Mark Obenshain: Virginia about to take a wrong turn on healthcare

mark obenshainVirginia is at a healthcare crossroads. Are we going to double down on ObamaCare by extending Medicaid to 400,000 – 600,000 new participants? Supporters hurl invective and accuse opponents of callous disregard. In fact, it’s supporters who are disregarding or ignoring past experience and the laws of economics. They are putting a bandaid on an open wound.

Let me be clear, there are thousands of Virginians who can’t afford health insurance – and desperately need it. Supporters of the proposed Medicaid expansion are leading people to believe that government funded health care is the simple solution to the problem. The real solution is much more complicated.

We need to bring down health care costs, increase competition between health insurers and providers, reduce insurance premiums and deductibles so that more Virginians can afford health insurance. Legislation that would have allowed insurers to offer lower cost catastrophic care insurance and that would allow organizations like Chambers of Commerce to offer group plans under their aegis would have made a difference. It had broad bipartisan support but was ultimately the subject of a purely political veto by the Governor.

It’s no wonder that health care costs are ever increasing with health care consolidations that leave communities with one hospital that employs virtually every doctor and even owns a captive health insurance company. It’s no wonder that they support the Northam/Jones/Hanger compromise. It is projected to yield additional net revenue to hospitals in excess of $500 million. The hospitals will be subjected to a $600 million “bed tax” on hospital admissions, but that will be passed directly to Virginians’ hospital bills and insurance premiums.

We are adding perhaps 500,000 people to Virginia’s Medicaid rolls without ever addressing what we know are fundamental, institutional defects in Medicaid. In Virginia, Medicaid spending increases have outpaced total state budget growth over the past 10 years and has comprised of over a fifth of the general fund budget in 2016, up dramatically since 2007. And that increase is mostly due to rising enrollment. In a nutshell, Medicaid spending is out of control. And we know that Medicaid reimbursements are significantly lower than private health insurance and frequently doesn’t even cover base costs. In fact, private health insurers can reimburse physicians at a rate almost 63% higher than Medicaid does.[1] To make up the difference, healthcare providers respond by shifting costs to those covered by private insurance, driving up their rates and deductibles. Or they leave the marketplace, leaving some Virginians with only one provider to choose from and giving that provider the freedom to impose whatever price they want for their premiums. The ultimate result is predictable. Over the next two, three and four years, more people covered by private health insurance are going to be facing higher premiums and higher deductibles. In fact, we have already seen this here in Virginia with double digit rate increases for the past few years. These increases will price more people out of the health insurance marketplace and we are going to be right back here in the same place looking at another expansion of Medicaid before we know it. Many on the left would say “good, and the sooner the better.” These are advocates for universal government funded health insurance that has dismally failed the citizens of Canada and England.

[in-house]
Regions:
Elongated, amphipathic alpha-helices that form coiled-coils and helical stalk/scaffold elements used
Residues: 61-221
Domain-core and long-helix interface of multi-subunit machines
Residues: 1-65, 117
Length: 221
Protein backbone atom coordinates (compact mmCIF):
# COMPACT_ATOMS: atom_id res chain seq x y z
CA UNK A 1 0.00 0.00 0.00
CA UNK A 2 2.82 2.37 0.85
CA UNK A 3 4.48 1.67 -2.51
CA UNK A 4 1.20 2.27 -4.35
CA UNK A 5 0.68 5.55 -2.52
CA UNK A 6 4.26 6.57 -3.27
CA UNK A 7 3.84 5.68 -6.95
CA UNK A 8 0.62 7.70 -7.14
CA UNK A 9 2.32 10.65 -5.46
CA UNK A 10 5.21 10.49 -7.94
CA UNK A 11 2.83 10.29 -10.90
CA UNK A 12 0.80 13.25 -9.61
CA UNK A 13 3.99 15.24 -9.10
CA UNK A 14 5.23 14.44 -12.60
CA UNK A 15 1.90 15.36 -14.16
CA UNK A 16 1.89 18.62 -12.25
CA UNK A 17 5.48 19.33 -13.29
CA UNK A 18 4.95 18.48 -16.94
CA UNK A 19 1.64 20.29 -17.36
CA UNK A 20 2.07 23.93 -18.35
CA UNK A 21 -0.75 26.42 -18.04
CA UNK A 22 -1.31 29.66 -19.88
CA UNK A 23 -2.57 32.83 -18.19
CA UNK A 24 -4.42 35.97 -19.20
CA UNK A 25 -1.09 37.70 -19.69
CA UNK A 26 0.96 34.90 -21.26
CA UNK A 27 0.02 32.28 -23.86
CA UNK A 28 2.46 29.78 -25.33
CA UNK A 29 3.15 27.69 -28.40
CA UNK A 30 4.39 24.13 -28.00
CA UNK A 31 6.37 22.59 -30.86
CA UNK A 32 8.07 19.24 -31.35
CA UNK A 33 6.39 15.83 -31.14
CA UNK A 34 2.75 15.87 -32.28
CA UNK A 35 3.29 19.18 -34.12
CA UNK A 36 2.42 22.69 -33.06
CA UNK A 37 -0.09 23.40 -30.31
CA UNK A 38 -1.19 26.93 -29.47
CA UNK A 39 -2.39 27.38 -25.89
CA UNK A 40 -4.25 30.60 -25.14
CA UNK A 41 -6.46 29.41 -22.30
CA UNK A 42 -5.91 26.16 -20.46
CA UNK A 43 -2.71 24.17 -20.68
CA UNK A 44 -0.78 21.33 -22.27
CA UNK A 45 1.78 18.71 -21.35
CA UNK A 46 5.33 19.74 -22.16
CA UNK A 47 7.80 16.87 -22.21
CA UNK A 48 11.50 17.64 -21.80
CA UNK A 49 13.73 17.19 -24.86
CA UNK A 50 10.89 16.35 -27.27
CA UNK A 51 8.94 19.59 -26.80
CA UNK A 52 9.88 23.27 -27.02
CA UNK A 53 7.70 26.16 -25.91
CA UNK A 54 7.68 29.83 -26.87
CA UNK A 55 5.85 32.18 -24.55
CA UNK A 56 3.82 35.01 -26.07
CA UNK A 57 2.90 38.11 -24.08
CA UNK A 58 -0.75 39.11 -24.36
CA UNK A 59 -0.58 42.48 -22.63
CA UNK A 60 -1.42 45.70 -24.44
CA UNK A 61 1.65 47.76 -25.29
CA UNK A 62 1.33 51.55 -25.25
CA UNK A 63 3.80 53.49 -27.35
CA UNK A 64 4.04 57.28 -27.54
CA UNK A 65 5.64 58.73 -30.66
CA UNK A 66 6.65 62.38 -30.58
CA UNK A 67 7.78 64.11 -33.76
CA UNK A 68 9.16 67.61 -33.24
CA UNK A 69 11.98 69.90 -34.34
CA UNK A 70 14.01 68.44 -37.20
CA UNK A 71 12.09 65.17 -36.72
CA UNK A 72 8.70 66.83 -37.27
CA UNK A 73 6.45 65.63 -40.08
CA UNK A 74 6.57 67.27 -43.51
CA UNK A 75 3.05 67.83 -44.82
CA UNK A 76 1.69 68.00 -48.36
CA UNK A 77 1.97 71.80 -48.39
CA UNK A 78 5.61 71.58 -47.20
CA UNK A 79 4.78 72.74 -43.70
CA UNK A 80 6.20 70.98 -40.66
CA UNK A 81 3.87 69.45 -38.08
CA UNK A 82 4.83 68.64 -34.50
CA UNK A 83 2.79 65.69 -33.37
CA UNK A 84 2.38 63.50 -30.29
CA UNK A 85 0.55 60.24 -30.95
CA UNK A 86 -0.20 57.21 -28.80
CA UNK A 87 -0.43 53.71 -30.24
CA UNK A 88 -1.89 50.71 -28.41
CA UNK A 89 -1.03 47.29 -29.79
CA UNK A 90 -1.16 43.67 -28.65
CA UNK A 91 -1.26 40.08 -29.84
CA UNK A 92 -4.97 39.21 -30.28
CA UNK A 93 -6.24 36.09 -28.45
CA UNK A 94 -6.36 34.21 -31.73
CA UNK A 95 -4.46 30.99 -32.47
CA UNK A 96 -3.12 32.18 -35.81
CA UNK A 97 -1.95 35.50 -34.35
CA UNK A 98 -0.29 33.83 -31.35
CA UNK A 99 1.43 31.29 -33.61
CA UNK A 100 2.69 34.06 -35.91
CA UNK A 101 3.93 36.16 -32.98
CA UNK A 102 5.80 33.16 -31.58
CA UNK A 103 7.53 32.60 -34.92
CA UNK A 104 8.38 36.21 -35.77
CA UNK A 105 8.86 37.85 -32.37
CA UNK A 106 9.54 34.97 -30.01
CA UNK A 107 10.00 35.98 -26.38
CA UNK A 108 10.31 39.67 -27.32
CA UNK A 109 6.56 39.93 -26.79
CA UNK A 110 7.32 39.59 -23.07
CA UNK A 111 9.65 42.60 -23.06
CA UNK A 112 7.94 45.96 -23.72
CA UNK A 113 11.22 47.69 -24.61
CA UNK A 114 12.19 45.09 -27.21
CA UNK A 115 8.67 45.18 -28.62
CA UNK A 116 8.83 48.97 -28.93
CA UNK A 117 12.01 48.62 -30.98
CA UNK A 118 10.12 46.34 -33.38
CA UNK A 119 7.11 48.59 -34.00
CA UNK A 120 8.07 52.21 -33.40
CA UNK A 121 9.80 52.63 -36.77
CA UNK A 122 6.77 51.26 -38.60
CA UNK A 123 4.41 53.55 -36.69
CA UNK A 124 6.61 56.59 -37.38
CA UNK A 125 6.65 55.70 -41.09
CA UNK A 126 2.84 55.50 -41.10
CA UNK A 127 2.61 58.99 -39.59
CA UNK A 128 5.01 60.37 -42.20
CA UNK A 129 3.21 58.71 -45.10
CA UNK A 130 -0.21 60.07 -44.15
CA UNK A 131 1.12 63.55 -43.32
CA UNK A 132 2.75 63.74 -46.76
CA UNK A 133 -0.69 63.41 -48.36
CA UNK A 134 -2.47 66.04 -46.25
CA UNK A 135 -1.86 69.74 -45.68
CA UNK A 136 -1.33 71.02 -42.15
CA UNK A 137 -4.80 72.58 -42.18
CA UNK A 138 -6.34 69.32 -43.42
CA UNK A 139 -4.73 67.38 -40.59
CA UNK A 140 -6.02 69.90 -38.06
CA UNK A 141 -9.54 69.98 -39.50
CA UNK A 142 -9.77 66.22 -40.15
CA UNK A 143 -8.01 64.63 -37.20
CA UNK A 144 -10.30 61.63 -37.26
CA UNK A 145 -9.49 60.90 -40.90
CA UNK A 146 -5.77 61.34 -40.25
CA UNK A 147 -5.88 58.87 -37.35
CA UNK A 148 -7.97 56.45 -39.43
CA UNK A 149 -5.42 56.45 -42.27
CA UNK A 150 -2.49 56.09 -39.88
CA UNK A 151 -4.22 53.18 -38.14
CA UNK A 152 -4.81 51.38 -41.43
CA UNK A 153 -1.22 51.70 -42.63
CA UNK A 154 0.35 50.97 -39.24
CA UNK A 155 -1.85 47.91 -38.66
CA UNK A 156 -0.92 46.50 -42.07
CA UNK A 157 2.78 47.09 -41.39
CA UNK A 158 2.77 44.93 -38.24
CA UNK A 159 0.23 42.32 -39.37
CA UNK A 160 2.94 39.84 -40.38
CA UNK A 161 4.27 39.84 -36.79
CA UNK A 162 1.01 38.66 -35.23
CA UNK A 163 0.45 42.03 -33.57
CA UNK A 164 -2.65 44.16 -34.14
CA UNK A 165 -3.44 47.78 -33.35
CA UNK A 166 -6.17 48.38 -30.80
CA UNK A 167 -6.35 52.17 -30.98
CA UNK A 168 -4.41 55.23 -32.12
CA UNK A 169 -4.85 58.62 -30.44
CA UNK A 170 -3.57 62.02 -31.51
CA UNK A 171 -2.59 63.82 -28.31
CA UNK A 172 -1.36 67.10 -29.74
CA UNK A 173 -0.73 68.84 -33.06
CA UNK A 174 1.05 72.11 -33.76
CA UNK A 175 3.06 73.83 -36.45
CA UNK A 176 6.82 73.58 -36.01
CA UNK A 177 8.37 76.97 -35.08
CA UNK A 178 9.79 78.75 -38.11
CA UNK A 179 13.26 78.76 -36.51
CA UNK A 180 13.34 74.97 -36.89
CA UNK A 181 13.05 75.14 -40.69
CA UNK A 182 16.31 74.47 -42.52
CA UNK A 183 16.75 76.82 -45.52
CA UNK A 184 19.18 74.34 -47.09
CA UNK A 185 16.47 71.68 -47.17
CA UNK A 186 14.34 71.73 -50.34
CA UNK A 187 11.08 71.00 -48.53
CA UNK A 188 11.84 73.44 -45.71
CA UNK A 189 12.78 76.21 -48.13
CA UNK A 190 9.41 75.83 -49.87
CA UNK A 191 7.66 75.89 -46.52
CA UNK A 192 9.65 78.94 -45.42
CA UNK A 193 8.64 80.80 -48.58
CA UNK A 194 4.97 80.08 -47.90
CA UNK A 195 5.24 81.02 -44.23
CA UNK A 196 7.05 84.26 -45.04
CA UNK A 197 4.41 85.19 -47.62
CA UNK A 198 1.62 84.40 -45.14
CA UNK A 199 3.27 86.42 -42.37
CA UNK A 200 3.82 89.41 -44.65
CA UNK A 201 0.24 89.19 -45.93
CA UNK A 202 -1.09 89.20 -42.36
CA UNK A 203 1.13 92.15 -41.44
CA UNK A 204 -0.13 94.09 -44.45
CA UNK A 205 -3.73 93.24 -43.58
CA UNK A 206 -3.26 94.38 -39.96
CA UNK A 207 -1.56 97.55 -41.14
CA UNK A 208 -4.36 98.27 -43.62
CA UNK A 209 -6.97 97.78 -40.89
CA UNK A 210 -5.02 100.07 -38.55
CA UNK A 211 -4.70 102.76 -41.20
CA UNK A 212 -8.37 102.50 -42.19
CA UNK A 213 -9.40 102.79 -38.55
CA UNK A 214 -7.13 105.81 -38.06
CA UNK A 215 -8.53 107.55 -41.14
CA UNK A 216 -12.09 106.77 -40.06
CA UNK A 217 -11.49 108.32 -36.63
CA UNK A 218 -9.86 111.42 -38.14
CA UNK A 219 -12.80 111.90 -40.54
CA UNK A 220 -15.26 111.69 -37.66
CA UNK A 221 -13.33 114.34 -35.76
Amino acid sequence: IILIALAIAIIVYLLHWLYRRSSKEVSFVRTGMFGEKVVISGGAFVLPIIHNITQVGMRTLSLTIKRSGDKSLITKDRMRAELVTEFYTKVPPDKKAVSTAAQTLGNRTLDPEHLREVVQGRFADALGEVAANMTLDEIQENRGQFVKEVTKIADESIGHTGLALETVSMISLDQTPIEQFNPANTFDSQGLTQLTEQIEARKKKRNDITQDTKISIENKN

Before the so-called Affordable Care Act – Obama Care – Americans really did like their doctors. They liked their hospitals. They liked their health insurance coverage. The system wasn’t flawless, but it was sustainable. This system is not sustainable. And all that we are doing with this monumental expansion of Medicaid expansion in Virginia is doubling down on that error and the liberal policies of the last Administration.

There has been a lot of talk about this being a “conservative” Medicaid expansion. There’s nothing conservative about it. It is simply an irresponsible and shortsighted extension of a broken, albeit originally well-intentioned, government welfare program. Self-proclaimed conservatives who came up with this plan cling to the fact that there is a “work requirement.” There’s no meaningful work requirement. It has no accountability and even uses the words “community organizing” to describe the activities that qualify. There’s no help for Virginians who are struggling to pay their insurance premiums or skyrocketing deductibles. The only help that was offered for those challenges were three bills that were vetoed and killed by Governor Northam.

Sadly, those who have given up the fight and embraced this expansion of Obama Care have made a colossal mistake. They are not advancing any kind of conservative agenda or reform – nor are they helping Virginians that are struggling to make ends meet, which is what they purport to be doing. They are helping advance the cause of the likes of Elizabeth Warren, Nancy Pelosi and now Ralph Northam to lead us on an inextricable march towards an entirely government run healthcare system – with no freedom of choice, exorbitant prices and no freedom to choose how to spend our hard-earned dollars. News reports say that there are enough votes in the House and Senate to pass a budget that embraces this Obamacare expansion. That may be true. If it does happen, we’re going to look back at this as one of the biggest legislative mistakes we’ve made in decades and those responsible will have to answer their constituents.

Mark Obenshain is a member of the Virginia Senate.

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